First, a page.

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Capital Report: 07-27-2012

An apology made to the gay rights community is the latest in the controversy between Florida Lieutenant Governor Jennifer Carroll and her former staffer. As Sascha Cordner reports, Carroll’s apology stems from a comment she made more than a week ago implying black lesbians aren’t attractive, while trying to defend herself against allegations that she and a female aide were caught in “a compromising position.”

The lawyer representing Carletha Cole is also fighting Florida Governor Rick Scott’s administration in another lawsuit, this one with himself as the plaintiff. Tallahassee lawyer Steven Andrews is suing for the right to purchase the historic building that houses his law office. As Jessica Palombo reports, Andrews says Scott and his cabinet are trying to buy the building just to spite him over a previous lawsuit during the governor’s election campaign.

Florida officials have been taking a closer look at the state’s economy. And in recent weeks, there’s been lots of conflicting information coming out from the state. There is agreement that Florida’s economy is growing—but as Lynn Hatter reports officials disagree on what’s contributing to that growth and whether or not it will continue.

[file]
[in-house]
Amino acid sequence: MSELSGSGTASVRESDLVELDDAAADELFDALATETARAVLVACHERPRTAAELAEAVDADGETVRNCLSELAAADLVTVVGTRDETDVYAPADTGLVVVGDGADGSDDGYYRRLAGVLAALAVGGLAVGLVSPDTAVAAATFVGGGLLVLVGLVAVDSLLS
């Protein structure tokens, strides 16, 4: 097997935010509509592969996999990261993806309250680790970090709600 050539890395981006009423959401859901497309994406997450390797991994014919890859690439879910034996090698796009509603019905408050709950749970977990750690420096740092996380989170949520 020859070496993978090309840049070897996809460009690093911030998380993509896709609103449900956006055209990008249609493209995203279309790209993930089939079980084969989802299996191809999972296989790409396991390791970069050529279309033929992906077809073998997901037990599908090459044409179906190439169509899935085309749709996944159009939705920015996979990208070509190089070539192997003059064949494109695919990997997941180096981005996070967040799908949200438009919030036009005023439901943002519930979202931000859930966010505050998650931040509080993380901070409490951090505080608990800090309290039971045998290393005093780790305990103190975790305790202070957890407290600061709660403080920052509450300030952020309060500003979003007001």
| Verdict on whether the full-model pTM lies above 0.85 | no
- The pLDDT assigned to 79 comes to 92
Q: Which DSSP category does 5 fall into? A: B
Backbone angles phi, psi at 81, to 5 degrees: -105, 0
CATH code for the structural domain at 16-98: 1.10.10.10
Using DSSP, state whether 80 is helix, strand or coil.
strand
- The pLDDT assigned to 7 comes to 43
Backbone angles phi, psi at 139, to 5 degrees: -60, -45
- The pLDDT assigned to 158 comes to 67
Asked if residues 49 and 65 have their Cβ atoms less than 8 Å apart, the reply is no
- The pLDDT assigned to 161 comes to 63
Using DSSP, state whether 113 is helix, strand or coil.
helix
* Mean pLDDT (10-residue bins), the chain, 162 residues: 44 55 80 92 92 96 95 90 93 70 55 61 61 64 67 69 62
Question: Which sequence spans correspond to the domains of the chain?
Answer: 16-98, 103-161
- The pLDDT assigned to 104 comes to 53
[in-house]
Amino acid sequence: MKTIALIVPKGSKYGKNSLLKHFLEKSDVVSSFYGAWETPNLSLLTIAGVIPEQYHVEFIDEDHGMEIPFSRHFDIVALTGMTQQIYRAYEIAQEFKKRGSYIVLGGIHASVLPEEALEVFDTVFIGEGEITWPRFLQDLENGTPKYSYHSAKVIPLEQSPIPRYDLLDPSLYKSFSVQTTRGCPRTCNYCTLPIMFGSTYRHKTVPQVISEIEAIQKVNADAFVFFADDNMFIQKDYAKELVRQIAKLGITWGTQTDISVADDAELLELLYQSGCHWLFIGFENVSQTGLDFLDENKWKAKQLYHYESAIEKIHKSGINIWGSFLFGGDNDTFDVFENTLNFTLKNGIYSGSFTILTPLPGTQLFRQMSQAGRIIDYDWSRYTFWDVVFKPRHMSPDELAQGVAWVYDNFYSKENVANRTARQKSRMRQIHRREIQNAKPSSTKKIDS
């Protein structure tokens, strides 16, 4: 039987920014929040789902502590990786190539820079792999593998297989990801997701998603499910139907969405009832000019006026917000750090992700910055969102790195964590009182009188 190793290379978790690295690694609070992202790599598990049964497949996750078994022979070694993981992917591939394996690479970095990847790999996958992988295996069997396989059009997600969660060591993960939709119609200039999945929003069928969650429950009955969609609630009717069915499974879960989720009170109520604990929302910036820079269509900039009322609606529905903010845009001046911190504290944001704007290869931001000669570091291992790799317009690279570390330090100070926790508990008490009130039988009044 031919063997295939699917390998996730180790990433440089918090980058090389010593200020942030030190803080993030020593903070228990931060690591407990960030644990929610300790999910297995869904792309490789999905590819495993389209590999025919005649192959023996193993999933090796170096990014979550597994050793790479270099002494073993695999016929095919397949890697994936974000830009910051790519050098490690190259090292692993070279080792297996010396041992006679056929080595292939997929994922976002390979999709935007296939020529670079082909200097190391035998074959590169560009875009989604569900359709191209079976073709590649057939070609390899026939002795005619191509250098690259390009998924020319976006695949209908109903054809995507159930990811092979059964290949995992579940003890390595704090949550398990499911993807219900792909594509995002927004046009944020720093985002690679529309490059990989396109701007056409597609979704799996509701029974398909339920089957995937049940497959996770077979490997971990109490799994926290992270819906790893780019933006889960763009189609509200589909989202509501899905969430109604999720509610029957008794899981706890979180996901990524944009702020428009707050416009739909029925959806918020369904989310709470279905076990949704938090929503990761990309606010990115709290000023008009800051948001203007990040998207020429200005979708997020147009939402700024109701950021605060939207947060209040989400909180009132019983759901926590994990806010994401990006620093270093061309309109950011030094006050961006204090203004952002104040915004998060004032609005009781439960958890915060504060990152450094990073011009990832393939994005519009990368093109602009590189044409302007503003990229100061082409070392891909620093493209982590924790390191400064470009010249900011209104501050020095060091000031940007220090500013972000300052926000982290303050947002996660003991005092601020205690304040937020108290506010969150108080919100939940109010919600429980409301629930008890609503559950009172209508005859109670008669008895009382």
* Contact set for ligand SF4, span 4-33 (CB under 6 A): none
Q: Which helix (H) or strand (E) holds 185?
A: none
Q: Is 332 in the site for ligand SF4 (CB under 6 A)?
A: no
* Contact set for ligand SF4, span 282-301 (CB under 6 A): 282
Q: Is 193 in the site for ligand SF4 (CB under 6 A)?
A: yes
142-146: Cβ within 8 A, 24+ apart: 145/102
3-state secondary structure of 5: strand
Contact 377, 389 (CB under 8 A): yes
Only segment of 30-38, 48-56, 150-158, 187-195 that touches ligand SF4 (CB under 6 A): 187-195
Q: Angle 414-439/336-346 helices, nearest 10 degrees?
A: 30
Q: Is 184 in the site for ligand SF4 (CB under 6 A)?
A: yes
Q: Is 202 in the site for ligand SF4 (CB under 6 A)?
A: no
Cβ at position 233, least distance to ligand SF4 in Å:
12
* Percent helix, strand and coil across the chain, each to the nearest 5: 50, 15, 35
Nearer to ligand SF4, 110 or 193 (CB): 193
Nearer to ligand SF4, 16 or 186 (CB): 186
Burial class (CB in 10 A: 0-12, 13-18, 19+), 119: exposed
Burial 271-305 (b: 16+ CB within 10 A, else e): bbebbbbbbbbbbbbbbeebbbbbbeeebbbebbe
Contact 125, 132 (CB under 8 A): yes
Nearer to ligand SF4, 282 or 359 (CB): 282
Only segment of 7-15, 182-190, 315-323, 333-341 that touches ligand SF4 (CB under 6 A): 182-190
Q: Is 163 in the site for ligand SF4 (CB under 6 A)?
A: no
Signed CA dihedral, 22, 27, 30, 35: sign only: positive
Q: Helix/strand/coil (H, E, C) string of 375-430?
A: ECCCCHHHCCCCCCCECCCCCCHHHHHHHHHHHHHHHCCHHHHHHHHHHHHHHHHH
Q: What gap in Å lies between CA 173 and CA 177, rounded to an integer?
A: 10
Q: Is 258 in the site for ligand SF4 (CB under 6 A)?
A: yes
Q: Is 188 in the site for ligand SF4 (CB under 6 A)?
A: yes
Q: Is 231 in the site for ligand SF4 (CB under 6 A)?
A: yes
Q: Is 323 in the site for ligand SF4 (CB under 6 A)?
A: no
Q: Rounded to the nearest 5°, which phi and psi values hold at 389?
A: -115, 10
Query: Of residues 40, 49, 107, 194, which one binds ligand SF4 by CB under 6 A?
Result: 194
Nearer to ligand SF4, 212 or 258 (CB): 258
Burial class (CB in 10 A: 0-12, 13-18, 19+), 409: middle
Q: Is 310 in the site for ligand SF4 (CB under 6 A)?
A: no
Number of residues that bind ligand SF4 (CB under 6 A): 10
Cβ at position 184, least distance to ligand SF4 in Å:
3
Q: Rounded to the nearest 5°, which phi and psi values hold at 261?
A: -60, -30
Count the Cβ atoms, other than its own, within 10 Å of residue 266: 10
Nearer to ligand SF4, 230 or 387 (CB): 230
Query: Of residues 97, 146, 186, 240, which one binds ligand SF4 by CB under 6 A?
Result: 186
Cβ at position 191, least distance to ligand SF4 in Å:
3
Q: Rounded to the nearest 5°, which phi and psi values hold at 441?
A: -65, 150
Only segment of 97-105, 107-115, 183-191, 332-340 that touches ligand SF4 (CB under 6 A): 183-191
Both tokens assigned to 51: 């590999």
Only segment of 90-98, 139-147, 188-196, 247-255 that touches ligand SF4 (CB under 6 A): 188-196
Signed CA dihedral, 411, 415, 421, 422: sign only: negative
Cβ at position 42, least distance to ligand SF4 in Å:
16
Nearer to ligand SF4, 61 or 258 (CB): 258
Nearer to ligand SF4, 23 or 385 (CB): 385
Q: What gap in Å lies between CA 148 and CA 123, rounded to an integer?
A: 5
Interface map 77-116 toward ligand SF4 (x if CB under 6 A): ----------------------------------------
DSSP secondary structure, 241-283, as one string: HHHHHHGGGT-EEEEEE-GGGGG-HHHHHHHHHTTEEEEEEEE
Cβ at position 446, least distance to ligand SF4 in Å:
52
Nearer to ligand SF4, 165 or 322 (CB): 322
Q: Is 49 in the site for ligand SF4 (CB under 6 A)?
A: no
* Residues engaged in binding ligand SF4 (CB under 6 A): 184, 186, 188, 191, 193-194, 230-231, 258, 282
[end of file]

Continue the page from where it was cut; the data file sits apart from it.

The number of home foreclosures continues to soar in Florida. Nearly every major city in the state is seeing more foreclosures than a year ago, according to the latest Realty Trak report. But Tom Flanigan reports Florida’s bankers see opportunity amidst the gloomy figures.

The judicial branch is meant to be an impartial arm of the government, interpreting the law without the influence or prejudice of a political party. That’s the idea behind Florida’s merit retention system. But Regan McCarthy reports with three Florida Supreme Court justices up for a merit retention vote this year, some say politics are playing a big role in deciding who’s behind the bench.

The impact of federal budget cuts has devastated a one – of a- kind institution in South Florida. The Aquarius Reef Base located off the coast of Key Largo, is the only underwater sea lab dedicated to marine research in the world. This past weekend ( Saturday, June 21st) marine scientists finished their seven day mission from sixty feet below the sea in the Florida Keys National Marine Sanctuary. Reporter Patricia Sagastume was there and tells us what the future holds for Aquarius.